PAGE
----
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Kenai Fjords National Park


The Kenai Fjords are coastal mountain fjords whose placid seascapes reflect scenic ice bound landscapes and whose salt spray mixes with mountain mist. Located on the southeastern Kenai Peninsula, the national park is a pristine and rugged land supporting many unaltered natural environments and ecosystems. The land boasts an icefield wilderness, unnamed waterfalls in unnamed canyons, glaciers that sweep down narrow mountain valleys, and a coastline along which thousands of seabirds and marine mammals raise their young each year.

Though the land is subsiding, a mountain platform 1 mile high still comprises the coast's backdrop. The mountains are mantled by the 300-square-mile Harding Icefield, the park's dominant feature. The icefield was not discovered until early this century when a mapping team realized that several coastal glaciers belonged to the same massive system. Today's icefield measures some 35 miles long by 20 miles wide. Only isolated mountain peaks interrupt its nearly flat, snowclad surface. These protruding nunataks-this Eskimo word means "lonely peaks"-rise dramatically from the frozen clutches of the Ice Age.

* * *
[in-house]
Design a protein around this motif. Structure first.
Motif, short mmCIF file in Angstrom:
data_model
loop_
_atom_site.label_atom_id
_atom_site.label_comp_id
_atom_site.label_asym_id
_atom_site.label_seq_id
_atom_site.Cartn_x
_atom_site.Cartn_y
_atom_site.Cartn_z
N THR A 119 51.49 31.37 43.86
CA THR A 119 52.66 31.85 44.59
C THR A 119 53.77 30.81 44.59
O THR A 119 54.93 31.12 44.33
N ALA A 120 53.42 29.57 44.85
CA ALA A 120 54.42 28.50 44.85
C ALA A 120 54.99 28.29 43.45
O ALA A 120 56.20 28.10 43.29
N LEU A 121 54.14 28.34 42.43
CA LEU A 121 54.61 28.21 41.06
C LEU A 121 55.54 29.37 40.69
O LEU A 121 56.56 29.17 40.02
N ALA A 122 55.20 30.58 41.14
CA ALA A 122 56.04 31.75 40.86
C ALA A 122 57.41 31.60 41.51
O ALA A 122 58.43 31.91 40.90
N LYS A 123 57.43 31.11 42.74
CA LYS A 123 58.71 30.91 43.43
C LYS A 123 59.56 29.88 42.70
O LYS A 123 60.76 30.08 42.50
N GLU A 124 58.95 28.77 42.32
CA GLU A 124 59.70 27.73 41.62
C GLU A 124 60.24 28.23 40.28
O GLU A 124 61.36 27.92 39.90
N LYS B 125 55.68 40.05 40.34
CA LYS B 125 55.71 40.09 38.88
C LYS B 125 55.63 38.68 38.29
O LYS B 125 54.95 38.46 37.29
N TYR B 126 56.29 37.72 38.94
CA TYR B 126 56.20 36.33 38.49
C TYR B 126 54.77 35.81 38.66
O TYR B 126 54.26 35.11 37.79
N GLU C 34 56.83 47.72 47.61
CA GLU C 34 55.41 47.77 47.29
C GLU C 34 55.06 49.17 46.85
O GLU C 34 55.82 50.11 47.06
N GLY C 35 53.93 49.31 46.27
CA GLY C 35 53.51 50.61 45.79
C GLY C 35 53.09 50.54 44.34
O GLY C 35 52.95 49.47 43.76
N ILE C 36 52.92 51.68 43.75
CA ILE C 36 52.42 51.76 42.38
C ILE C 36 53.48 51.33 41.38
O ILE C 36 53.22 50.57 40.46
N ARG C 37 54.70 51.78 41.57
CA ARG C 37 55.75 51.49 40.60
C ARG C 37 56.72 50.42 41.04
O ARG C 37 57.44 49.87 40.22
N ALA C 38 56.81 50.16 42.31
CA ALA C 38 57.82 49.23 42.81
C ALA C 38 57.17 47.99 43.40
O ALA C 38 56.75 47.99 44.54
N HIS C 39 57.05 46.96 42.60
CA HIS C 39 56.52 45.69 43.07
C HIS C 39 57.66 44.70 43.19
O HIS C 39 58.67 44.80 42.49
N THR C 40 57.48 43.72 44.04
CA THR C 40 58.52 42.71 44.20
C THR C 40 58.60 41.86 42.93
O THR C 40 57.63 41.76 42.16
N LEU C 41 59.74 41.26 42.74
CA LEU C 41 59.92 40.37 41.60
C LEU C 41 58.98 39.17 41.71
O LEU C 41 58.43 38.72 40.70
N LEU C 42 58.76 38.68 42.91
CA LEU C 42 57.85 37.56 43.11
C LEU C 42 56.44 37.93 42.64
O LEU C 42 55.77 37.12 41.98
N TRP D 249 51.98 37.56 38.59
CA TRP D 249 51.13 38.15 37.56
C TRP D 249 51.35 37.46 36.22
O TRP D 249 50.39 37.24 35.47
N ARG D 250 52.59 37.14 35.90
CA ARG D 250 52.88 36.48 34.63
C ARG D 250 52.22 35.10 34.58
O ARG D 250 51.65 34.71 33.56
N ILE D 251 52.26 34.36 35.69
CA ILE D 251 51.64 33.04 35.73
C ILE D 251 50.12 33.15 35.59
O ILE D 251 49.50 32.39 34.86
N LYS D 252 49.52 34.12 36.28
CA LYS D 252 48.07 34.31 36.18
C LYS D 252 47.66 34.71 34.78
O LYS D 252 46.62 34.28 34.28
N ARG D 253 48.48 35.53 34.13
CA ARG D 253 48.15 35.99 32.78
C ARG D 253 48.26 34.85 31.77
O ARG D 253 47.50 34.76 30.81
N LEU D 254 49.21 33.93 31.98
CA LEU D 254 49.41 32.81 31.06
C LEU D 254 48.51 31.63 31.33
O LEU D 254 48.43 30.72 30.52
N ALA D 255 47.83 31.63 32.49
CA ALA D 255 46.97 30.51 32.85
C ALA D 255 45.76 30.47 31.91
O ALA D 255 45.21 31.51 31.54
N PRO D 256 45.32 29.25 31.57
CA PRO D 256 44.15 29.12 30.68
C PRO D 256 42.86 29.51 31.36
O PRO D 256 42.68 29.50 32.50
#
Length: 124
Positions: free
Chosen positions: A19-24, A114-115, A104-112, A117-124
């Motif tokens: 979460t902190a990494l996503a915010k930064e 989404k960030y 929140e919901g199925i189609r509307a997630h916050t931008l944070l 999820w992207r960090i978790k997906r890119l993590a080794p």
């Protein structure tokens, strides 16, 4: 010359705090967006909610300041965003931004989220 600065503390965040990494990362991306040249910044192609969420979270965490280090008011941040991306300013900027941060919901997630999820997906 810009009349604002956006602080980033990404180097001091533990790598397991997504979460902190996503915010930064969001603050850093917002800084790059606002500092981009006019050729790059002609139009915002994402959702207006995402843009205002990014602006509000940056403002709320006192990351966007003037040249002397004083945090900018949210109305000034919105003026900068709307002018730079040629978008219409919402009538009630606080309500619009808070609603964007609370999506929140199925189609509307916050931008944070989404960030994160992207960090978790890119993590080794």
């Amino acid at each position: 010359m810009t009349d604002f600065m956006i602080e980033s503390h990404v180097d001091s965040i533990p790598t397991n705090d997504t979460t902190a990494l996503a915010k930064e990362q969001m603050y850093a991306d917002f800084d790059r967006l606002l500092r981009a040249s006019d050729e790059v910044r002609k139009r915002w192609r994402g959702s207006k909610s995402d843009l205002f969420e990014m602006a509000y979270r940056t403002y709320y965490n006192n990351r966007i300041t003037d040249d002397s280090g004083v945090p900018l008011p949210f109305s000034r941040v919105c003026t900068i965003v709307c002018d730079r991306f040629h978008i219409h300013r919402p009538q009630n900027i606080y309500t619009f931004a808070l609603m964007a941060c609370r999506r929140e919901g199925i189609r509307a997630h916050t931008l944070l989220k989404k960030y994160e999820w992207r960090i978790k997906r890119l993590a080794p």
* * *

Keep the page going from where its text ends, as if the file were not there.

The mountains intercept moisture-laden clouds, which replenish the icefield with 35-65 feet of snow annually. Time and the weight of overlying snow transform the snow into ice. The pull of gravity and the weight of the snowy overburden make the ice flow out in all directions. It is squeezed into glaciers that creep downward like giant bulldozers, carving and gouging the landscape. Along the coast eight glaciers reach the sea, and these tidewater glaciers calve icebergs into the fjords. The thunderous boom of calving ice can sometimes be heard 20 miles away.

Exit Glacier, remnant of a larger glacier once extending to Resurrection Bay, is one of several rivers of ice flowing off the icefield. Active, yet retreating, it provides the perfect setting to explore. Here are found newly exposed, scoured, and polished bedrock and a regime of plant succession from the earliest pioneer plants to a mature forest of Sitka spruce and western hemlock.

Humans have had little lasting impact on this environment, although the park includes a few Native American archeological sites and isolated gold extraction locations. The park's overwhelming significance is as a living laboratory of change. Plants and wildlife subsist here amidst dynamic interactions of water, ice, and a glacier-carved landscape relentlessly pulled down by the Earth?s crustal movements. The Harriman Expedition, a steamship-borne venture visiting the fjords in 1899, predicted this area's future value as a scenic tourist attraction. To protect this life and landscape, a national monument was proclaimed in 1978, and the 580,000-acre Kenai Fjords National Park was established in 1980.

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